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Questions to ask when a business makes its first hire

The old business adage of “location, location, location” is certainly important. But location is only part of a successful business. Timing is vital, whether that means getting a head start against potential competition or striking while the iron is hot with a timely idea. And financing will steer any early decision-making.

The first steps for any startup should focus on the business plan and the core foundation. This includes choosing a business model, filing legal paperwork, and understanding local and federal rules. A great concept and a strong business model will get things started, but growth requires the help of others.

Who is hired and how their job role is defined will impact a company’s trajectory. Good help makes a business sustainable over time.

Questions before growth

The business plan is always changing, but it must always remain in focus. Shifting markets and a changing landscape will require adjustment, but as the business grows, it is important to remember the core goals and structure put in place to achieve them. After all, the business structure does more than guide growth; it protects against avoidable pitfalls.

Hiring new employees is an exciting, but also risky, time for a startup. The rewards include professional collaboration, new ideas and a greater capacity for expansion. But inaccurate cost analysis can be hard to overcome. Changing markets may eliminate the need for help or redefine roles, and personality clashes are an ever-present concern. The wrong timing may lead to net loss instead of gain.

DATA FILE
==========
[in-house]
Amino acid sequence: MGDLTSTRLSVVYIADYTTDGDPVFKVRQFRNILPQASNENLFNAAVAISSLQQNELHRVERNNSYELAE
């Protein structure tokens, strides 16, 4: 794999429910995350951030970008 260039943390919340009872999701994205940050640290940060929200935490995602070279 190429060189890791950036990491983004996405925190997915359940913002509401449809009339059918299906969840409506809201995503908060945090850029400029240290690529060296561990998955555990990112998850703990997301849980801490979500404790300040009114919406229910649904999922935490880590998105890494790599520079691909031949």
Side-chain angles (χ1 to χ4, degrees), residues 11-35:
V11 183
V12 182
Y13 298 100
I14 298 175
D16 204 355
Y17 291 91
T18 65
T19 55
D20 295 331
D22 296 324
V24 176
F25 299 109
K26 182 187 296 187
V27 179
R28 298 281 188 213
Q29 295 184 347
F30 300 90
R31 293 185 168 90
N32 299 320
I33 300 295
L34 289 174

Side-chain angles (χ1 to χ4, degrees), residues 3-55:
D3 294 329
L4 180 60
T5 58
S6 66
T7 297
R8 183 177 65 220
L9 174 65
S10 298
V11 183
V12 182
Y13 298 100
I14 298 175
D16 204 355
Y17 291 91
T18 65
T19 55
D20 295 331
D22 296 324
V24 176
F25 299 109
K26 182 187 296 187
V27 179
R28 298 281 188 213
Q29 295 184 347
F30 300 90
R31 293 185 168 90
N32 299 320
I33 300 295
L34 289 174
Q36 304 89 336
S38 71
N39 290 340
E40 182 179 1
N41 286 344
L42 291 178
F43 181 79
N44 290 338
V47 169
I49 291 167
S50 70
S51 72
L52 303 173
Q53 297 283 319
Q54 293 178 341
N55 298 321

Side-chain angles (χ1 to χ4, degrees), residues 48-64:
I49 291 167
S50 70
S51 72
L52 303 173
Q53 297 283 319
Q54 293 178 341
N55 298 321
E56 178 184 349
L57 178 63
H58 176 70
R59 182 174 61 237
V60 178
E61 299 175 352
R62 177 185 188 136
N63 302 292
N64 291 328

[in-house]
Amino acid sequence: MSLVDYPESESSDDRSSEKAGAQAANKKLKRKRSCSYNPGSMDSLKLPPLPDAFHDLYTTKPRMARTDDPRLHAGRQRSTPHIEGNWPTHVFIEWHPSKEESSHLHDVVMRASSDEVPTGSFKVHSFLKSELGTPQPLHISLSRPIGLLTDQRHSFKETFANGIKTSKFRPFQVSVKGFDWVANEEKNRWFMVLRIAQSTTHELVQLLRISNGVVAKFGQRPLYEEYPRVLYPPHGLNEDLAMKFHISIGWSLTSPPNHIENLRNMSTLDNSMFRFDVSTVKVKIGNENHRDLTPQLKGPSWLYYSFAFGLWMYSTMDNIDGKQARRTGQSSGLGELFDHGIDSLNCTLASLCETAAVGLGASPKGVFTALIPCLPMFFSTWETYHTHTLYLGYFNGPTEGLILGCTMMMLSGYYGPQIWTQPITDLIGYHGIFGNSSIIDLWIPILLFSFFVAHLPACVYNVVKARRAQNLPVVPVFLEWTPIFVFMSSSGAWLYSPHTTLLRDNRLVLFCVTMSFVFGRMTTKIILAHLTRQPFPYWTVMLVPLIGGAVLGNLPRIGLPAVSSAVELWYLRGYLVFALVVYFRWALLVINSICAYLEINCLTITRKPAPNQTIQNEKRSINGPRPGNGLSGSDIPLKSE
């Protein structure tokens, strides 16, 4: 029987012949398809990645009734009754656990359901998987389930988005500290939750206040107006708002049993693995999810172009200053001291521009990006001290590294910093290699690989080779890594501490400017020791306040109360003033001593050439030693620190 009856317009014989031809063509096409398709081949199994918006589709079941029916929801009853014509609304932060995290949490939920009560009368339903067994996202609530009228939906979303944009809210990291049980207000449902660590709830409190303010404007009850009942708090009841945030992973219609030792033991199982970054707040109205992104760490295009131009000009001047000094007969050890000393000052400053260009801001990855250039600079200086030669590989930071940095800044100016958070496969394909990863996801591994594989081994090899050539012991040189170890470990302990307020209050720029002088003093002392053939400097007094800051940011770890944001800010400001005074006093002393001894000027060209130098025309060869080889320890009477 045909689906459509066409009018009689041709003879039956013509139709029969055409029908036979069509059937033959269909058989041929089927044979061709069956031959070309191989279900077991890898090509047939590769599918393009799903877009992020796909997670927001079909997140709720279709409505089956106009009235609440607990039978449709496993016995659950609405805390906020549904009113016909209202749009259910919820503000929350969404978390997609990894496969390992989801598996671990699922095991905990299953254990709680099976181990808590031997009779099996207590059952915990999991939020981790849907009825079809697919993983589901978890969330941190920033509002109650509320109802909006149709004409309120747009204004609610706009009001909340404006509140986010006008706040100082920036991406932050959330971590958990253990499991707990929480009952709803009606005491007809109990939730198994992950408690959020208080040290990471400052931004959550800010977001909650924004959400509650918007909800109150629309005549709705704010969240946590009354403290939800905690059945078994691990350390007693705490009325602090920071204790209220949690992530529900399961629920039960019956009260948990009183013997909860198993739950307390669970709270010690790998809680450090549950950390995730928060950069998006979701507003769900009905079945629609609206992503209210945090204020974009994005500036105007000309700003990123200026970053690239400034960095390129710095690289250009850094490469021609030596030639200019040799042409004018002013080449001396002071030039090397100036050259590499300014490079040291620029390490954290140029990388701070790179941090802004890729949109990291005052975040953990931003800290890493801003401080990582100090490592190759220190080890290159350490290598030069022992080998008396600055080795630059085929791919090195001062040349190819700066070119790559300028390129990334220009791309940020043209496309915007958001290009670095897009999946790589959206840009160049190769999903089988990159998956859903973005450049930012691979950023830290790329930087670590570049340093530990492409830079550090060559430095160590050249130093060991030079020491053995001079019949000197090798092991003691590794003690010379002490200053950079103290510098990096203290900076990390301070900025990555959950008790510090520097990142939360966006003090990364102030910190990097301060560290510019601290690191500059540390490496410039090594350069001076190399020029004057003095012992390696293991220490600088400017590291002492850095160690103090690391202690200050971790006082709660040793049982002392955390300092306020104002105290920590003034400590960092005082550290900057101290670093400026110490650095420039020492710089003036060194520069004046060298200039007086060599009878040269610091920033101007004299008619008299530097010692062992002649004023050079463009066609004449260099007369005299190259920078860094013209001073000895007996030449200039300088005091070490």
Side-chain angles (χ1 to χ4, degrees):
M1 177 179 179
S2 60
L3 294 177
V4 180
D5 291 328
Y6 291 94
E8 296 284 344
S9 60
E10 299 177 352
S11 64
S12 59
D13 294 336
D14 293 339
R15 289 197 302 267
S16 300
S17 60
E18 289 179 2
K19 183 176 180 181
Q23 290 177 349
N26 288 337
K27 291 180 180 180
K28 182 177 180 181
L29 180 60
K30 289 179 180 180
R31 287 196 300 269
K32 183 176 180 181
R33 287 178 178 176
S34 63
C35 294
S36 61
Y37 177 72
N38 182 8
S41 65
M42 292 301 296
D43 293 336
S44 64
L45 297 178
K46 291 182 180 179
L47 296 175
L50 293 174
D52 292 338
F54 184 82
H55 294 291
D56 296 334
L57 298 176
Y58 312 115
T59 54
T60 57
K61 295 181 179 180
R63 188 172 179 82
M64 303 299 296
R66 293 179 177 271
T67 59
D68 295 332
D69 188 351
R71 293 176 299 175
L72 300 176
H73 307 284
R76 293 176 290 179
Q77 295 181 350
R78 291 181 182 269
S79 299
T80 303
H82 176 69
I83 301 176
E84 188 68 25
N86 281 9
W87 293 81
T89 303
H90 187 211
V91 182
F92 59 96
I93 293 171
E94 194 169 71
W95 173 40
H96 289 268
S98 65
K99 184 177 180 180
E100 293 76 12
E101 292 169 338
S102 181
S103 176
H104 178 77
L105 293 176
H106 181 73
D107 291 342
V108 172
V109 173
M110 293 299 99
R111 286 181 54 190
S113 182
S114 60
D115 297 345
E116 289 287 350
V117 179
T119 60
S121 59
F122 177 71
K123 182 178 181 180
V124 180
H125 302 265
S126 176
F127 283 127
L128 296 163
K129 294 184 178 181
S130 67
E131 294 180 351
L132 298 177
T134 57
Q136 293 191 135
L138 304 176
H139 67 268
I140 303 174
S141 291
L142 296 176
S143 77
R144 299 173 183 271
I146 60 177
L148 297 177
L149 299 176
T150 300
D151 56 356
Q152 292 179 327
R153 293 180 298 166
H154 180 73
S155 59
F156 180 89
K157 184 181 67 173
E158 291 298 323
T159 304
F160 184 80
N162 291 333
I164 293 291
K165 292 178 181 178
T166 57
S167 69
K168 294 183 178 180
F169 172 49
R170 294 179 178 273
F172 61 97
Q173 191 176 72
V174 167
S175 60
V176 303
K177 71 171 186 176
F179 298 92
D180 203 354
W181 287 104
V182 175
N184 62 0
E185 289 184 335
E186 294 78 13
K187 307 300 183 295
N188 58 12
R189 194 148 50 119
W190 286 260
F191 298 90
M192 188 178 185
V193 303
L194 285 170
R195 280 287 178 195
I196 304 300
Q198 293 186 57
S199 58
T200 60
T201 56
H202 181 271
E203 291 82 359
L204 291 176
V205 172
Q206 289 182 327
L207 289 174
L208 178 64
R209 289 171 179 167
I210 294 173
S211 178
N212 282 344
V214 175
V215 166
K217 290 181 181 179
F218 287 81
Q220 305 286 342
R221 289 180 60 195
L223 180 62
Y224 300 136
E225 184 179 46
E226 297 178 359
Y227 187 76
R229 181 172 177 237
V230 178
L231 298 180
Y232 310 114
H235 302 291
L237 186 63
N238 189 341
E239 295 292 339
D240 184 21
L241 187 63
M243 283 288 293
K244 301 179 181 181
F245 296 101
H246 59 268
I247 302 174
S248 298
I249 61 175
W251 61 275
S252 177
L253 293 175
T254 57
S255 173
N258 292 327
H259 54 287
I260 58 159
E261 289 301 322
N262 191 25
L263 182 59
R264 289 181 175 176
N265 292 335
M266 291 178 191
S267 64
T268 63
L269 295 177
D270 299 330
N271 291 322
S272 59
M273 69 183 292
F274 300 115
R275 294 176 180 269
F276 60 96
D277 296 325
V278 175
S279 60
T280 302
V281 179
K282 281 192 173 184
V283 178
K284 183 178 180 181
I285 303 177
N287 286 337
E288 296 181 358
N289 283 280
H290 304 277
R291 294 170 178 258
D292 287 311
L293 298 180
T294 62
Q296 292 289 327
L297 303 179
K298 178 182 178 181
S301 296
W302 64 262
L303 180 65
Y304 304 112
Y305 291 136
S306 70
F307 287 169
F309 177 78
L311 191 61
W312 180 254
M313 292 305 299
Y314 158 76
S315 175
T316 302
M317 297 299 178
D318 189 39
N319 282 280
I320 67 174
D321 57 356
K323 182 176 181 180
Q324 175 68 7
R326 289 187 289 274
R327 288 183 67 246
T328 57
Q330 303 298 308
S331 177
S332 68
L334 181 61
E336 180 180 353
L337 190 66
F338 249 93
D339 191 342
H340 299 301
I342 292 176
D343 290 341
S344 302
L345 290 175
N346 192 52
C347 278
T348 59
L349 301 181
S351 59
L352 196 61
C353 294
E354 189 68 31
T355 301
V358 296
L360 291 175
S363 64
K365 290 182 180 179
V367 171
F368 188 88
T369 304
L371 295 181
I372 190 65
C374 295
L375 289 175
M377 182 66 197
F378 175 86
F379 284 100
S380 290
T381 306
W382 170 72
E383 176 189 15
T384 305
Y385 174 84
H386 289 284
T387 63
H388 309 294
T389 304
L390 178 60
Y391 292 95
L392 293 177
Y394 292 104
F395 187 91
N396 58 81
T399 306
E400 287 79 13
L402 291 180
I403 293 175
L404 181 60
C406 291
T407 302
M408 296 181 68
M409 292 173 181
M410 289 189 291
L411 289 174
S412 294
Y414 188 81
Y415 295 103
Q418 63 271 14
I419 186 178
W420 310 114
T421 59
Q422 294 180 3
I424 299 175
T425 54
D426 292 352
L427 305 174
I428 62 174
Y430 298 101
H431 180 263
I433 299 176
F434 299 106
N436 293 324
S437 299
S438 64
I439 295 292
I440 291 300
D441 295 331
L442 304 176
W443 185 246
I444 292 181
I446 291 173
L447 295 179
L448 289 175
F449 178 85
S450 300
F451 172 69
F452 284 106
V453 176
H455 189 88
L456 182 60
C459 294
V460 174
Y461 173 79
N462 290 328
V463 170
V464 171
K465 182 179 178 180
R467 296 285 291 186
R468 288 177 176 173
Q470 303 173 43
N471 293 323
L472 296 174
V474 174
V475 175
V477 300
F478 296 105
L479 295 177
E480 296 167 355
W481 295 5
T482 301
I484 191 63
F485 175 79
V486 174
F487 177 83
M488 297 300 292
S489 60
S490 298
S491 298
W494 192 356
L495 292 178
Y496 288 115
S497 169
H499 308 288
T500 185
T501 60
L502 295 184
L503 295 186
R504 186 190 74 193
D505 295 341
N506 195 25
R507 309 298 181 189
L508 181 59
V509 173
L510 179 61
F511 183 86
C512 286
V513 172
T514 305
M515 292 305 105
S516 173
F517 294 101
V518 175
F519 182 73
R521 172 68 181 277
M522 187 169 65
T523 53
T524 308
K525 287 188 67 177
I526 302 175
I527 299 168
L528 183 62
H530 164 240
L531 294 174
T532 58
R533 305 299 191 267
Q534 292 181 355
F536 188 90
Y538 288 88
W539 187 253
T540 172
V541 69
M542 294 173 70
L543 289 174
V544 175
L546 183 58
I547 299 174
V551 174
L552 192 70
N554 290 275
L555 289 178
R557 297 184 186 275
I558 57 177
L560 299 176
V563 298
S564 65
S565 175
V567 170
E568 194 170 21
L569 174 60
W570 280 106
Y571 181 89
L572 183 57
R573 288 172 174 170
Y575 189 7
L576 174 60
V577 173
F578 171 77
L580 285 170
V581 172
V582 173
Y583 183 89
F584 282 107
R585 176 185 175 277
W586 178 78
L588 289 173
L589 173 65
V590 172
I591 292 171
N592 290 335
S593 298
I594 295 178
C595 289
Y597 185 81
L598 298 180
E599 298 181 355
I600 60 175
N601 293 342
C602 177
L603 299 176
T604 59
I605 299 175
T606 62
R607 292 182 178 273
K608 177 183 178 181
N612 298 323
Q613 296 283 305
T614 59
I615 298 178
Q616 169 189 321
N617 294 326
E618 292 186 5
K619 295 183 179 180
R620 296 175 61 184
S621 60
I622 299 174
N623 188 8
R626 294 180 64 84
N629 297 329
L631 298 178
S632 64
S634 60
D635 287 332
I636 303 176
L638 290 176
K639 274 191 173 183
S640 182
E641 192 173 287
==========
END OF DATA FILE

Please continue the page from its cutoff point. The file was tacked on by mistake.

To reduce risk, it’s important to ask the right questions about the future of the business, how employees can help, and what additional resources may be required with an expanding staff. An employee costs much more than their contractual wage. There are employment benefits, workers’ compensation coverage, payroll taxes, and other matters that cost real time and money. A helpful article shared by the Associated Press summarizes these concerns in six core questions:

  1. Is help really needed?
  2. Does hiring fit within the budget?
  3. Is the hiring compliant with regulations?
  4. Does the company have the right infrastructure?
  5. Does the position reinforce the company’s goals?
  6. Are you ready to delegate?

A strong foundation provides stability

Change is a constant, but it is possible to grow a business while simultaneously building safety nets against unforeseen circumstances with careful planning and due diligence. New hires provide essential skills to help a business grow. The key is to remain focused on the business’s primary objectives while avoiding overextension.

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